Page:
Brain tumours kill more children and adults under the age of 40 than any other cancer
Weekly Public Affairs Roundup
As the COVID-19 crisis continues and pressures facing charities like ourselves continue to develop, there was a voice of support from Parliament. The Digital, Culture, Media and Sport Select Committee this week released a report which concluded that the Government is currently not doing enough to support charities affected by COVID-19. The report warned that ‘untold damage’ will be done as a result of Government funding being difficult to access, if indeed it was accessible at all.
Brain Tumour Research receives no funding from Government - we are wholly dependent on our supporters. Our fight for survival during this time isn’t driven by a right to exist, but rather a belief that patients with brain tumours deserve the life-saving research we fund at Research Centres of Excellence at Imperial College and Queen Mary University in London and at the University of Plymouth.
We were pleased that the report highlighted the challenges the sector is facing; slow moving of funds, too many restrictions in access and a lack of transparency around the funding process. Let us be clear though we are calling on the Government to not only offer a more substantial package for the charity sector, but also to extend eligibility of access to research charities like us.
COVID-19 is an unexpected crisis and the work of many frontline charities in responding to the immediate challenge is amazing. Our argument is a simple one – brain tumours haven’t stopped because of COVID-19, research into them can’t afford to stop either.
Two further pieces of information from Westminster this week; the Health Select Committee held an oral session on Friday as part of an inquiry into delivering core NHS and care services during the pandemic and beyond. With regards to oncology the key focus was on diagnostics and treatments – we will update on this in next week’s blog.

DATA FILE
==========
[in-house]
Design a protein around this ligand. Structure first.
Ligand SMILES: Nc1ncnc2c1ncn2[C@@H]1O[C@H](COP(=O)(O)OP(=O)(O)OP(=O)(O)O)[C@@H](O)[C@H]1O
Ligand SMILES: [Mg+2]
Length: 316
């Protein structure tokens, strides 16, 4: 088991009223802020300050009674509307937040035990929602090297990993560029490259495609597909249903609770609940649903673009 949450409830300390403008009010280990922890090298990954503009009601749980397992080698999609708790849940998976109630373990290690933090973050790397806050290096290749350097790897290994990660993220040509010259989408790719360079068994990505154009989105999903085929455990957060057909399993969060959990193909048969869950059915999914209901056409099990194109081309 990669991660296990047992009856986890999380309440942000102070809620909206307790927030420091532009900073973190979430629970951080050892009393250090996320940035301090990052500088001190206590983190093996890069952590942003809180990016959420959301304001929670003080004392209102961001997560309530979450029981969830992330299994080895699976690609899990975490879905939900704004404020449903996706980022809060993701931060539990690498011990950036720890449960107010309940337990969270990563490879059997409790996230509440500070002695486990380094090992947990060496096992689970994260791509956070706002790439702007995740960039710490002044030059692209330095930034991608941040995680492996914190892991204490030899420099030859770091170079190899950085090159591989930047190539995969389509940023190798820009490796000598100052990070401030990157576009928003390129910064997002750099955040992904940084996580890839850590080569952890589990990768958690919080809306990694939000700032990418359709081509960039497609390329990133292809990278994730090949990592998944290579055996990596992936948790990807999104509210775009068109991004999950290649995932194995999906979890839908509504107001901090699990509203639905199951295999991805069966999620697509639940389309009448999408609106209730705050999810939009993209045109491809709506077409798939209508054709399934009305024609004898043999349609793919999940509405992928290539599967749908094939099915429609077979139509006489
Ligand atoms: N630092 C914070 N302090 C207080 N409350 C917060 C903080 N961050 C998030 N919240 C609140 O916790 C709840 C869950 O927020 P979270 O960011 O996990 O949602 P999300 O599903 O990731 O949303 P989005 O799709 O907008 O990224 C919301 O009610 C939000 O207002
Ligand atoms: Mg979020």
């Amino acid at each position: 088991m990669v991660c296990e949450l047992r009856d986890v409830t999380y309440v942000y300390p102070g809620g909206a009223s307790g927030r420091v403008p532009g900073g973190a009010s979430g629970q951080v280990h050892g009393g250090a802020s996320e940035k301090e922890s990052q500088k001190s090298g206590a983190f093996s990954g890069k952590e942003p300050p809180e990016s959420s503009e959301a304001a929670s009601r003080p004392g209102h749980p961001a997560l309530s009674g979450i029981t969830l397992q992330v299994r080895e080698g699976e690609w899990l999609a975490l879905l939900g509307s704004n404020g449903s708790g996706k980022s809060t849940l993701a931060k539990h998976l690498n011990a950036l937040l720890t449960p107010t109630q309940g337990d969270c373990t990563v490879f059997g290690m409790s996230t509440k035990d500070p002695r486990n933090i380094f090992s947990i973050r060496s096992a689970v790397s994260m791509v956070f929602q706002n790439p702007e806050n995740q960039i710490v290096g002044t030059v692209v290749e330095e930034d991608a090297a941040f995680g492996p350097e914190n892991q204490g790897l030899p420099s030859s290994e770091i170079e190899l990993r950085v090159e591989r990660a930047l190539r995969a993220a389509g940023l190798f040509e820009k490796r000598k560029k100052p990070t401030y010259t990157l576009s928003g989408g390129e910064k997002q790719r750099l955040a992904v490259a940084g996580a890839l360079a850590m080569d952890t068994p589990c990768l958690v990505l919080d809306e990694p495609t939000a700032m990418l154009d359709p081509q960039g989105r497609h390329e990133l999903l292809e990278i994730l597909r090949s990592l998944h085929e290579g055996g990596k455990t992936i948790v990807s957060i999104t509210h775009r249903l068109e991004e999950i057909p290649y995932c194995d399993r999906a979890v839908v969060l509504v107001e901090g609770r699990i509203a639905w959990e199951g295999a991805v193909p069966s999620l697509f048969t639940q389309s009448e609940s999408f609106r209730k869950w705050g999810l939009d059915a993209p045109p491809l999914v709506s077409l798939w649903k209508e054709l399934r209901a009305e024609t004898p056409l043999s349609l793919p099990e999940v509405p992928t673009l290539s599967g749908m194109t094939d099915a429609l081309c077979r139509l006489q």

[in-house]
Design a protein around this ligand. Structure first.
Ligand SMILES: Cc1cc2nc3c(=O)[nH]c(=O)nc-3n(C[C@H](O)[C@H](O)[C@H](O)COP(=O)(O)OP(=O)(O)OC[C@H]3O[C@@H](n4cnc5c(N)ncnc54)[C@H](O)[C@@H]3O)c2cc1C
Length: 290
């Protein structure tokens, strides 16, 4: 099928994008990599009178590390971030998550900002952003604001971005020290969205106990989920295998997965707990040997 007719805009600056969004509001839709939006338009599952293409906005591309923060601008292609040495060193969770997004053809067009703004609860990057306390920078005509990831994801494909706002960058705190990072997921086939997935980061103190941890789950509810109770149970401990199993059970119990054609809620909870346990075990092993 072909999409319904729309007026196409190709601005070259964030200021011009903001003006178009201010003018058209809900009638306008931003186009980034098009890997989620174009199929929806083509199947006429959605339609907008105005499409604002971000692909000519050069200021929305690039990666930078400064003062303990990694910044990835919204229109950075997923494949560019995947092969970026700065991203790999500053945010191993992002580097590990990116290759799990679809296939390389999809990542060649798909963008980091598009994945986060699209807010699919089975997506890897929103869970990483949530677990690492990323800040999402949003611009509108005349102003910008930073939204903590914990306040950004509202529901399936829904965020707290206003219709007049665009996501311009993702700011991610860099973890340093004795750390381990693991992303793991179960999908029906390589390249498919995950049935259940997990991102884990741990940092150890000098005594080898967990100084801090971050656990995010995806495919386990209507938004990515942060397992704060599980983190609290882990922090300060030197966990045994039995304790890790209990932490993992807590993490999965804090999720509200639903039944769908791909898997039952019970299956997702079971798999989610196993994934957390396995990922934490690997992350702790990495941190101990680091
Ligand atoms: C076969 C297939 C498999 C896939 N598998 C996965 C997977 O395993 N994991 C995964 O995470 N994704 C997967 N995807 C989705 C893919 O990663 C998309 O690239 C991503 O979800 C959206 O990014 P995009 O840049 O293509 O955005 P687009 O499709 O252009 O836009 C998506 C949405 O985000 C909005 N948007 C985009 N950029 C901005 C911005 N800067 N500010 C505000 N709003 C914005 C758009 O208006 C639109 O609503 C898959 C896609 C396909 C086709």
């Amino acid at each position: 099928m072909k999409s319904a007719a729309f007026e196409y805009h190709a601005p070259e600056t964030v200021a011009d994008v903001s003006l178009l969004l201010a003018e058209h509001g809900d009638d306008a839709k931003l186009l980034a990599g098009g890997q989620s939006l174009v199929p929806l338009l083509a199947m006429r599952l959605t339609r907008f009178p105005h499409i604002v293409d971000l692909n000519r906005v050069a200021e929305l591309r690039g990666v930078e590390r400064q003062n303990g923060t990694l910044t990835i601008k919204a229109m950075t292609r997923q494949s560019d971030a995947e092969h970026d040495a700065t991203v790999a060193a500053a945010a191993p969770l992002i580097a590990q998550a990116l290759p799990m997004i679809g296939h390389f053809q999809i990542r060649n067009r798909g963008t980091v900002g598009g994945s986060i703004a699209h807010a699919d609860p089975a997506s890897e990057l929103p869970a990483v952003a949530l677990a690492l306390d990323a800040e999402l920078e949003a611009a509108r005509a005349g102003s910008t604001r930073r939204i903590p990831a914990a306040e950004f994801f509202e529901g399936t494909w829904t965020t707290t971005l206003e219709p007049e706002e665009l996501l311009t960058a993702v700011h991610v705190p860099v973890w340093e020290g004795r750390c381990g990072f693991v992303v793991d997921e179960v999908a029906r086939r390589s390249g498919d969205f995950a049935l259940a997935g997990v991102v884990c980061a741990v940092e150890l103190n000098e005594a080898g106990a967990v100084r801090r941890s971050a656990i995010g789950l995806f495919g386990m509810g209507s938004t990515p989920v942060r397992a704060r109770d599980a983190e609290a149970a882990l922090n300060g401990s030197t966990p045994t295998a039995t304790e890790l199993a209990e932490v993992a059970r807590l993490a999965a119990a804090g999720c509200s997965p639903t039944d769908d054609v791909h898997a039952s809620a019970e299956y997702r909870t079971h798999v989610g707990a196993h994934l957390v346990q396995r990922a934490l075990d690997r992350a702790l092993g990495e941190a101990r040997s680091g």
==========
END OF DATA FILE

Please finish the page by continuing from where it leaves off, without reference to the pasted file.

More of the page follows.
Also, alongside the AMRC, we helped Philippa Whitford MP with a letter making the case for research funding charities to the Chancellor, Rishi Sunak. Philippa Whitford is a Scottish National Party politician and a breast surgeon. She is the SNP Health spokesperson in the House of Commons. We provided a briefing to Philippa’s office ahead of this letter and were pleased to see her “calling on the UK Government to work in partnership with medical research charities to ensure the viability of their organisations and the vital work they do.”
The weekly teleconference call for cancer charities hosted by NHS England covered familiar material – the 50% drop in referrals, the roll-out of Covid free cancer hubs and the emergency approval of new drugs – this could have implications for our community because the route to new drugs can appear incredibly tortuous and so a potential new precedent could be welcome. Clinical trials were mentioned too and there is no doubt that capabilities are currently squeezed by the Covid inspired competition for both workforce and infrastructure. Hopefully this will be a time limited problem as clinical trials are essential part of the pathway as we translate the scientific research we fund from the scientist’s bench to the patient’s bedside.